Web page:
To Get Personalised contents and be able to add items to your favourites, please Sign In or Sign Up          

One On One With Mtnís Larry Annetts

News » Lifestyle

24th June 2014

Larry Annetts is the Chief Marketing Officer of MTN Nigeria. Larry as he is fondly called, describes himself as Lagos boy, because he was in Nigeria at the beginning, when MTN started. Thereafter, he went on other postings before his recent return to the telecommunications giant.

The easy-going highly cerebral lover of good music, speaks on various issues, especially how MTN has retained its leading position and the company’s consistent investment on improving customer satisfaction.

What was your initial reaction when you heard the news that you were returning to Nigeria as Chief Marketing Officer

I was very excited about returning to Nigeria. I was here at the very beginning in 2001 and was part of the dream to turn MTN Nigeria into the winning operation that it has since become. And I made a lot of friends between 2001 and 2005 when I left for Iran. So, I have always wanted to keep in touch with my friends and most importantly, see them, but you know how difficult these things can get especially as you grow older. You just find that, hard as you may try to get in touch, your friends just seem to drift away, so to speak. So, returning to Lagos was going to provide me an opportunity to reconnect, not only with the network that I was part of, at the start-up, but also with my friends. But, I must say that all the while I was away, I received regular updates about goings on here and most of it was about how things were fast changing in Lagos, with cleaner streets, parks, infrastructure development and the likes. On the professional side, of course, I was excited that 3G was now available in Nigeria and the fact that it would open up a whole new space for operators to play. The Apps industry was still fairly new at the time, so the prospect of expanding the digital services portfolio was very enticing as well.

You were at MTN Nigeria at the very beginning. Tell us about those early days. What were the challenges and what were some of the things you and your team accomplished

The early days were magical. Many people felt totally liberated by the services we provided and were very happy that for once, all you needed to do in order to make a phone call was to reach for your mobile phone in your pocket. Many of us felt very fulfilled to be able to provide such a service, but more importantly, to be on the driver’s seat of an industry that drives social and economic development in so many different ways. We still feel that way, by the way.

It was a much smaller work force in the early days and naturally, the work load was awesome. So ,we worked very, very hard. Then, the billing and technical systems were nowhere as advanced as they are today. So, many of the ideas we conceptualized, sometimes took six to 12 months to materialize. These days, these things happen much faster, as all the engineers need to do is a few configurations.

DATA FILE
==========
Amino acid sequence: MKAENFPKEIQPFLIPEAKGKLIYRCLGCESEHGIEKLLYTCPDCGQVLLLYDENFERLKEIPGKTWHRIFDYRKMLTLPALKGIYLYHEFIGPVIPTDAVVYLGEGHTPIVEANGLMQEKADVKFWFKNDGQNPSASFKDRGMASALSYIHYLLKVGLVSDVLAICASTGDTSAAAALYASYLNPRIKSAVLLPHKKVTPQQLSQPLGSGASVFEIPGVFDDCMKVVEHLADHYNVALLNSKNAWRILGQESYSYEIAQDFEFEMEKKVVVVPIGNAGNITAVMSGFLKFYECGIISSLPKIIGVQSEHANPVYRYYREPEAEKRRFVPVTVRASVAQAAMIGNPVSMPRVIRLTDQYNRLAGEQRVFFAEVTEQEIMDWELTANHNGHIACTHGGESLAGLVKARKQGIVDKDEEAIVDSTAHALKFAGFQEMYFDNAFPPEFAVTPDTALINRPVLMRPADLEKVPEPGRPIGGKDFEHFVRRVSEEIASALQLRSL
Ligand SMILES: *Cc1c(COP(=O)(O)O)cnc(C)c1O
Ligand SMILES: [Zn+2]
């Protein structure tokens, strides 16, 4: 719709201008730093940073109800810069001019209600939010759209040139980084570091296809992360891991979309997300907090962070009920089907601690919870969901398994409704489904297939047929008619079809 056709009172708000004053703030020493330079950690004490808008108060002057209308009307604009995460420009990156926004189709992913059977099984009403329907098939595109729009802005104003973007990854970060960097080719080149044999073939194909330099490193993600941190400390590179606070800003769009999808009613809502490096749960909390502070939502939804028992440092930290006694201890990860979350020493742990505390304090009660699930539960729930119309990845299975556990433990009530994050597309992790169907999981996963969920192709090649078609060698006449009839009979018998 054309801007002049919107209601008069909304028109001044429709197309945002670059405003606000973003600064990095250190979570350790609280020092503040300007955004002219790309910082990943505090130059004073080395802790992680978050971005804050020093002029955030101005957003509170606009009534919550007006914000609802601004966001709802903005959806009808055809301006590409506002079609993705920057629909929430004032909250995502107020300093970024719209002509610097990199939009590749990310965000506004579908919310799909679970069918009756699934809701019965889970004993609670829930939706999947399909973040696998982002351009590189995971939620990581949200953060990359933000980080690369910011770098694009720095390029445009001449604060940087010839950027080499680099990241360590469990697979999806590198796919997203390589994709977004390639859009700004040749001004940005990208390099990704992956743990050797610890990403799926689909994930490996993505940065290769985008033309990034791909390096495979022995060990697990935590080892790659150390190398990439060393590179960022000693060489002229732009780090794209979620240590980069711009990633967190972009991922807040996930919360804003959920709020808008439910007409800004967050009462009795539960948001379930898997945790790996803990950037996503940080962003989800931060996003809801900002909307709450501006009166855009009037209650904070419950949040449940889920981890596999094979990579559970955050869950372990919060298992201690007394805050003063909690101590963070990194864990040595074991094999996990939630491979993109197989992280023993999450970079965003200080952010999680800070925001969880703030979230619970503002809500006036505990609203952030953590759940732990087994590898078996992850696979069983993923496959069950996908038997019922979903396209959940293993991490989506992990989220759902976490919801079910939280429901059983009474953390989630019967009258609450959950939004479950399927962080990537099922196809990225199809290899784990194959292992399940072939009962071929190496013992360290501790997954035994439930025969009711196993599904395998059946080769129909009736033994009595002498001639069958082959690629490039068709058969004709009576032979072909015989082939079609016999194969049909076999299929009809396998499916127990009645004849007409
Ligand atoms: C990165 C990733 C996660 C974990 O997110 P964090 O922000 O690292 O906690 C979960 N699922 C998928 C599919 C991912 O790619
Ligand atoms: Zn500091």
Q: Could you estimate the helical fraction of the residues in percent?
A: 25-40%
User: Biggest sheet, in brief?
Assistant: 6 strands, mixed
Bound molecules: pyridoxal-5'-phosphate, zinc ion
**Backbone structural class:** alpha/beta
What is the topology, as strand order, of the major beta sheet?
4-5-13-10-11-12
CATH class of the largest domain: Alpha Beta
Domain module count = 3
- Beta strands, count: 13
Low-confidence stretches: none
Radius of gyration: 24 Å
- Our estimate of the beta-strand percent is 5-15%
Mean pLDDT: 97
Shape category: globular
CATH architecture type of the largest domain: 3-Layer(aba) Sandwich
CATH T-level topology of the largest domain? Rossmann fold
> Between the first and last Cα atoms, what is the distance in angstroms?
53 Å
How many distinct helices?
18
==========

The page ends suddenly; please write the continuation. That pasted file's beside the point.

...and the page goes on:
We have remained true to our strategy from day one. We always wanted to provide the best coverage and continue to be in far more places than others. We have also been the most innovative. We were the first to deliver ringtones and logos to customers’ phones which was quite a novelty at the time. Of course, we were the first to launch GPRS and all the associated services, including vehicle tracking and the likes. We also launched Booster Card at the very beginning of our operation and Booster card was a massive revolution in terms of enhancing access to the GSM technology. If you recall, at the time, GSM penetration was still relatively low as entry costs or total cost of ownership was still relatively high. Then, you would find, “umbrella call centres” all over the place. It was at these call centres that millions of people made and received calls. Practically, all of these call centres used the Booster card, because it effectively made calling much cheaper, especially for those like the business centres who made large volumes of calls. Booster Card was a massive success in Nigeria and it was a master stroke by MTN because we were the only ones who had that kind of product, for more than three years. Later, the competition came up with different variants but none was quite like Booster card and none was anywhere as successful.

We were also the first to introduce multiple tariff plans for customers. So, it was not just a question of being on the pre-paid or post-paid tariff. There were plans for the youth segment of the market, for the upper end of the market, even for SMEs and the likes.

Article Credit: Ovation International

Updated 4 Years ago

Find Us On Facebook

Tags:     Larry Annetts